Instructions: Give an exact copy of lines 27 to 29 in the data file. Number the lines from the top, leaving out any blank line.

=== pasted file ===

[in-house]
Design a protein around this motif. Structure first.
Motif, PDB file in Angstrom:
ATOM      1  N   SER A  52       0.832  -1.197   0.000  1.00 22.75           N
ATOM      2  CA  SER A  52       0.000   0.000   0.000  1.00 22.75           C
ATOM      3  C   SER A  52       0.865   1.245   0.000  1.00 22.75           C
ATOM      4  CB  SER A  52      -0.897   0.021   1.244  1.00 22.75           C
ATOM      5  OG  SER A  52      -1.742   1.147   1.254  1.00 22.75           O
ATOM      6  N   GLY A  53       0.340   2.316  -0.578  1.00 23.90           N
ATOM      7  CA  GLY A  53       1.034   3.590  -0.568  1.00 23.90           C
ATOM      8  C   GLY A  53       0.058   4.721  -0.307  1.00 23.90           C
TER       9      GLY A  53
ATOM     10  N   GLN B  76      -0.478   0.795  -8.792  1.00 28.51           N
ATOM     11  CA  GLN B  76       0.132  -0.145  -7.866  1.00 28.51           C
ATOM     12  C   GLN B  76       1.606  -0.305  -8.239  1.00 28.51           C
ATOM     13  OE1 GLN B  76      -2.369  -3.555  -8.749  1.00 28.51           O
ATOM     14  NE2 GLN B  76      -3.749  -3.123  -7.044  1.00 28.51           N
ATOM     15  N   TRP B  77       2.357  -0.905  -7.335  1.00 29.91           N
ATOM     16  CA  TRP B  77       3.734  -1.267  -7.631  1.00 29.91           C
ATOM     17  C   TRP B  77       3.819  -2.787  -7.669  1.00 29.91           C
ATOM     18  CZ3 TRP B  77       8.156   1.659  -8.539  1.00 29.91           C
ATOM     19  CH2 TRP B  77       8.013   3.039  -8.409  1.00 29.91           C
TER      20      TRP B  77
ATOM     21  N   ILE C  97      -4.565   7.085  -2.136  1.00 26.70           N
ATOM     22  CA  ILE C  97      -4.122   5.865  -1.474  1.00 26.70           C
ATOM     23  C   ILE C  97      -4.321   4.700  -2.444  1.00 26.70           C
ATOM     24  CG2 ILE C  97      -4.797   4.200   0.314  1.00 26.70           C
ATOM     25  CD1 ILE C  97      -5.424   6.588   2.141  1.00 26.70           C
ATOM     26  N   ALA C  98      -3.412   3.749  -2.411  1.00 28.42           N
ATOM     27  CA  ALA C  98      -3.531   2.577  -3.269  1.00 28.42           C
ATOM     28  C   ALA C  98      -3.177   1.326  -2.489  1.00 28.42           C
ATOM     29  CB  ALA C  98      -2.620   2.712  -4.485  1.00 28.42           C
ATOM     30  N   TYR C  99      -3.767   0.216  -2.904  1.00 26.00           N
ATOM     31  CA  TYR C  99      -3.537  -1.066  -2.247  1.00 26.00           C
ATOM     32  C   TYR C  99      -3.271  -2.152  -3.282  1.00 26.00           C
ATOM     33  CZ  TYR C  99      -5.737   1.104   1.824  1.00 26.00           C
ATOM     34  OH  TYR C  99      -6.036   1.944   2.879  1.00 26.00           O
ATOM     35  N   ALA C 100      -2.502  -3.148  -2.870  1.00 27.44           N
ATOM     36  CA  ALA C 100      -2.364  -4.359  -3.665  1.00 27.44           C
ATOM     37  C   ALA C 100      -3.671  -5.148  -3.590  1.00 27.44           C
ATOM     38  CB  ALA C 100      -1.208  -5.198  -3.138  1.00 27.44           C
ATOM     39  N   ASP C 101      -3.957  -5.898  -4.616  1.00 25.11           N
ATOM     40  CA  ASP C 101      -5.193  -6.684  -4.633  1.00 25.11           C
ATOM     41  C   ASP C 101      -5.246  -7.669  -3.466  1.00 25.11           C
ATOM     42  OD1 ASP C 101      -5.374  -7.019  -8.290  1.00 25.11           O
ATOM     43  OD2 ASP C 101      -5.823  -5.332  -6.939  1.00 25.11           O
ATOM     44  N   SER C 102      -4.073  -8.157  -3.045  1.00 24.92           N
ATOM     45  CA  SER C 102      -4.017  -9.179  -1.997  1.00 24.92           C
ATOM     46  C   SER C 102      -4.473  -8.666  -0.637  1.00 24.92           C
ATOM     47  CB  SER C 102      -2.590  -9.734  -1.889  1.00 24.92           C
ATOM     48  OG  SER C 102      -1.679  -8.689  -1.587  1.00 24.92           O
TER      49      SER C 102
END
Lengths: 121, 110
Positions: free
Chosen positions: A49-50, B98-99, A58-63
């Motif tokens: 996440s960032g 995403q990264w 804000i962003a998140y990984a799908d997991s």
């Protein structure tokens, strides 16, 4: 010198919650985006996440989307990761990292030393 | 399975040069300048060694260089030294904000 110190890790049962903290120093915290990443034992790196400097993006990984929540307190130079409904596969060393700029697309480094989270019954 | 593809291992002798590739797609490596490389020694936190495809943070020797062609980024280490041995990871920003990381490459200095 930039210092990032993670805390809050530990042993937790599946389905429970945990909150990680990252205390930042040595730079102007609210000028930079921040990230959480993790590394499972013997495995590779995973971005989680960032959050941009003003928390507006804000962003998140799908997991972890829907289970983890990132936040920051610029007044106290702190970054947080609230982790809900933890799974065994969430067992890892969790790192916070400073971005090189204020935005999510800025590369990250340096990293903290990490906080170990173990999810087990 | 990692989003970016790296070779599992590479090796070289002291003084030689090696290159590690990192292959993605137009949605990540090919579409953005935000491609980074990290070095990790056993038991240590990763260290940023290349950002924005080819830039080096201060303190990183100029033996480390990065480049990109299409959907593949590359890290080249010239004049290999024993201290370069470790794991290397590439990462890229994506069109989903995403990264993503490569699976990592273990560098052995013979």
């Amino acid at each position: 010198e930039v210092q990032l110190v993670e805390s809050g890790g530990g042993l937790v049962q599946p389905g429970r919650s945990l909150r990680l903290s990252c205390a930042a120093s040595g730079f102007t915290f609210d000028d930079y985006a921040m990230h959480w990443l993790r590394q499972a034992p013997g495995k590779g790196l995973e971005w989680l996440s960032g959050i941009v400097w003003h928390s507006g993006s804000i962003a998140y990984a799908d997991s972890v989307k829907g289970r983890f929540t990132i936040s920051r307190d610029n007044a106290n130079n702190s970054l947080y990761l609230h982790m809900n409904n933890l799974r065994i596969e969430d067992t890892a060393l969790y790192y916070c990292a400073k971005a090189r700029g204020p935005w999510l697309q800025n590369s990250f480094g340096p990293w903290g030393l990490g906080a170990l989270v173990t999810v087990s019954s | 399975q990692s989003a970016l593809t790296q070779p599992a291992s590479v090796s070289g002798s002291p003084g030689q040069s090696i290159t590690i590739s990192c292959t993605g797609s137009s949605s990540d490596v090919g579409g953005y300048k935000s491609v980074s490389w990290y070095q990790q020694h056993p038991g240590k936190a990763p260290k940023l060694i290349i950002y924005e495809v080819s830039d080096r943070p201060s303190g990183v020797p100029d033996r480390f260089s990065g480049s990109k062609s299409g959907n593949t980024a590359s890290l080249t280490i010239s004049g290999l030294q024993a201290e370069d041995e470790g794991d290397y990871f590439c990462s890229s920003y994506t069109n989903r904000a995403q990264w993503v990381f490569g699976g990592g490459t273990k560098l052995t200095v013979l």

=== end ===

ATOM     24  CG2 ILE C  97      -4.797   4.200   0.314  1.00 26.70           C
ATOM     25  CD1 ILE C  97      -5.424   6.588   2.141  1.00 26.70           C
ATOM     26  N   ALA C  98      -3.412   3.749  -2.411  1.00 28.42           N